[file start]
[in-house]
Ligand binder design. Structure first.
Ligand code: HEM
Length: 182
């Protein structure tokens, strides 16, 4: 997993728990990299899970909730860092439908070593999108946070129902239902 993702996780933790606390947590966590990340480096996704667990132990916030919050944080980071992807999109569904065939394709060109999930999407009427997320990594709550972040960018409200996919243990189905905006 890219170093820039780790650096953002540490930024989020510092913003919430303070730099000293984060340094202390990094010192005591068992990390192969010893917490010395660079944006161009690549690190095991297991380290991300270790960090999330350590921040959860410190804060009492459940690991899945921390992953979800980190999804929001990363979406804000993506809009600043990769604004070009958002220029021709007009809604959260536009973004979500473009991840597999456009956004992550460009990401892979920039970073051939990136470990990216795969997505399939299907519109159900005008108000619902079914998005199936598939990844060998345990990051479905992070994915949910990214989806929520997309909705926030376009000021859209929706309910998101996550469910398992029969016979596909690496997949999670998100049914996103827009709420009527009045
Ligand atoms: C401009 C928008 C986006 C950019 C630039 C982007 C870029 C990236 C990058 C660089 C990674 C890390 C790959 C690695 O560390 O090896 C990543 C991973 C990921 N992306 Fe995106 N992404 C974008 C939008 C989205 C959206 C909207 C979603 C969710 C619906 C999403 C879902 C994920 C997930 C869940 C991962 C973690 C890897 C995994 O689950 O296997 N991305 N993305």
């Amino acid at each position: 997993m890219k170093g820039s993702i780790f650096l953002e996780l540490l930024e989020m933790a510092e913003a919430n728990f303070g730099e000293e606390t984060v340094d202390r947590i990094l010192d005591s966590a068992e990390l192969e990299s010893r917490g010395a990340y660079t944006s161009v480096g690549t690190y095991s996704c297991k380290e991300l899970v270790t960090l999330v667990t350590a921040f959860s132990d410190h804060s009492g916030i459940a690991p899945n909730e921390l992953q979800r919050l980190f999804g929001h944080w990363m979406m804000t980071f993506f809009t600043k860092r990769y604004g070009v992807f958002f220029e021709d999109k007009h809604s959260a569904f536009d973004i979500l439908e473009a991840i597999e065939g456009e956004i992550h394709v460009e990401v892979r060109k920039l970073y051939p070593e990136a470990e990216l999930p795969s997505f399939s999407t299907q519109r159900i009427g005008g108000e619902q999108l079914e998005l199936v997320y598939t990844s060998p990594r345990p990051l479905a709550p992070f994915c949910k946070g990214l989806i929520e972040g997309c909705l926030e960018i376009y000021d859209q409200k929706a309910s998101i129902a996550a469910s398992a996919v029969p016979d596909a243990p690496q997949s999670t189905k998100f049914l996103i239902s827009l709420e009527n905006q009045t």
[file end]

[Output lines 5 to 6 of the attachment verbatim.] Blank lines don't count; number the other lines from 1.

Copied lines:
């Protein structure tokens, strides 16, 4: 997993728990990299899970909730860092439908070593999108946070129902239902 993702996780933790606390947590966590990340480096996704667990132990916030919050944080980071992807999109569904065939394709060109999930999407009427997320990594709550972040960018409200996919243990189905905006 890219170093820039780790650096953002540490930024989020510092913003919430303070730099000293984060340094202390990094010192005591068992990390192969010893917490010395660079944006161009690549690190095991297991380290991300270790960090999330350590921040959860410190804060009492459940690991899945921390992953979800980190999804929001990363979406804000993506809009600043990769604004070009958002220029021709007009809604959260536009973004979500473009991840597999456009956004992550460009990401892979920039970073051939990136470990990216795969997505399939299907519109159900005008108000619902079914998005199936598939990844060998345990990051479905992070994915949910990214989806929520997309909705926030376009000021859209929706309910998101996550469910398992029969016979596909690496997949999670998100049914996103827009709420009527009045
Ligand atoms: C401009 C928008 C986006 C950019 C630039 C982007 C870029 C990236 C990058 C660089 C990674 C890390 C790959 C690695 O560390 O090896 C990543 C991973 C990921 N992306 Fe995106 N992404 C974008 C939008 C989205 C959206 C909207 C979603 C969710 C619906 C999403 C879902 C994920 C997930 C869940 C991962 C973690 C890897 C995994 O689950 O296997 N991305 N993305």